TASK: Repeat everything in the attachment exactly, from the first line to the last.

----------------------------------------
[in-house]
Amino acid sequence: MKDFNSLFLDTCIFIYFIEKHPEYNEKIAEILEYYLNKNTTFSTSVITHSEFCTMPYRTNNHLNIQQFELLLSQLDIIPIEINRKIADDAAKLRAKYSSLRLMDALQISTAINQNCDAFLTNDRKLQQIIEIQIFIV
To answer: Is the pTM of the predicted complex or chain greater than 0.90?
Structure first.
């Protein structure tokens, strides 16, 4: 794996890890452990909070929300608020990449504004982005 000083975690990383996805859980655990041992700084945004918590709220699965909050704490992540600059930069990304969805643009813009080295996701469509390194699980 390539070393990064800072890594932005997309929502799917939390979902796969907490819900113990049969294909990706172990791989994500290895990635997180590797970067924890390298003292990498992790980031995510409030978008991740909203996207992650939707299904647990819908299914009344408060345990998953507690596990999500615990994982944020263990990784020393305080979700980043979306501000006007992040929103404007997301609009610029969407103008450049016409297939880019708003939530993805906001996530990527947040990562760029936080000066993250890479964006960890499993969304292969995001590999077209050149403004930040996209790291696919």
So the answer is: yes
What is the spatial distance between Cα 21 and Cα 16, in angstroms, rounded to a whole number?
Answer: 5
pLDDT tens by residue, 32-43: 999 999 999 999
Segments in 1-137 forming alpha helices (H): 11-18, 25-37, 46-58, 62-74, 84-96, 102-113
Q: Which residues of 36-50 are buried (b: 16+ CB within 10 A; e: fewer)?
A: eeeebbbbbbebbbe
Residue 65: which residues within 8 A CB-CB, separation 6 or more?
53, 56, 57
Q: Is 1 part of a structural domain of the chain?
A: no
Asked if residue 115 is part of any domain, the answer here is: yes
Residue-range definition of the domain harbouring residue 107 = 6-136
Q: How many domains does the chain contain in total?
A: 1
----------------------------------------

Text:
[in-house]
Amino acid sequence: MKDFNSLFLDTCIFIYFIEKHPEYNEKIAEILEYYLNKNTTFSTSVITHSEFCTMPYRTNNHLNIQQFELLLSQLDIIPIEINRKIADDAAKLRAKYSSLRLMDALQISTAINQNCDAFLTNDRKLQQIIEIQIFIV
To answer: Is the pTM of the predicted complex or chain greater than 0.90?
Structure first.
């Protein structure tokens, strides 16, 4: 794996890890452990909070929300608020990449504004982005 000083975690990383996805859980655990041992700084945004918590709220699965909050704490992540600059930069990304969805643009813009080295996701469509390194699980 390539070393990064800072890594932005997309929502799917939390979902796969907490819900113990049969294909990706172990791989994500290895990635997180590797970067924890390298003292990498992790980031995510409030978008991740909203996207992650939707299904647990819908299914009344408060345990998953507690596990999500615990994982944020263990990784020393305080979700980043979306501000006007992040929103404007997301609009610029969407103008450049016409297939880019708003939530993805906001996530990527947040990562760029936080000066993250890479964006960890499993969304292969995001590999077209050149403004930040996209790291696919």
So the answer is: yes
What is the spatial distance between Cα 21 and Cα 16, in angstroms, rounded to a whole number?
Answer: 5
pLDDT tens by residue, 32-43: 999 999 999 999
Segments in 1-137 forming alpha helices (H): 11-18, 25-37, 46-58, 62-74, 84-96, 102-113
Q: Which residues of 36-50 are buried (b: 16+ CB within 10 A; e: fewer)?
A: eeeebbbbbbebbbe
Residue 65: which residues within 8 A CB-CB, separation 6 or more?
53, 56, 57
Q: Is 1 part of a structural domain of the chain?
A: no
Asked if residue 115 is part of any domain, the answer here is: yes
Residue-range definition of the domain harbouring residue 107 = 6-136
Q: How many domains does the chain contain in total?
A: 1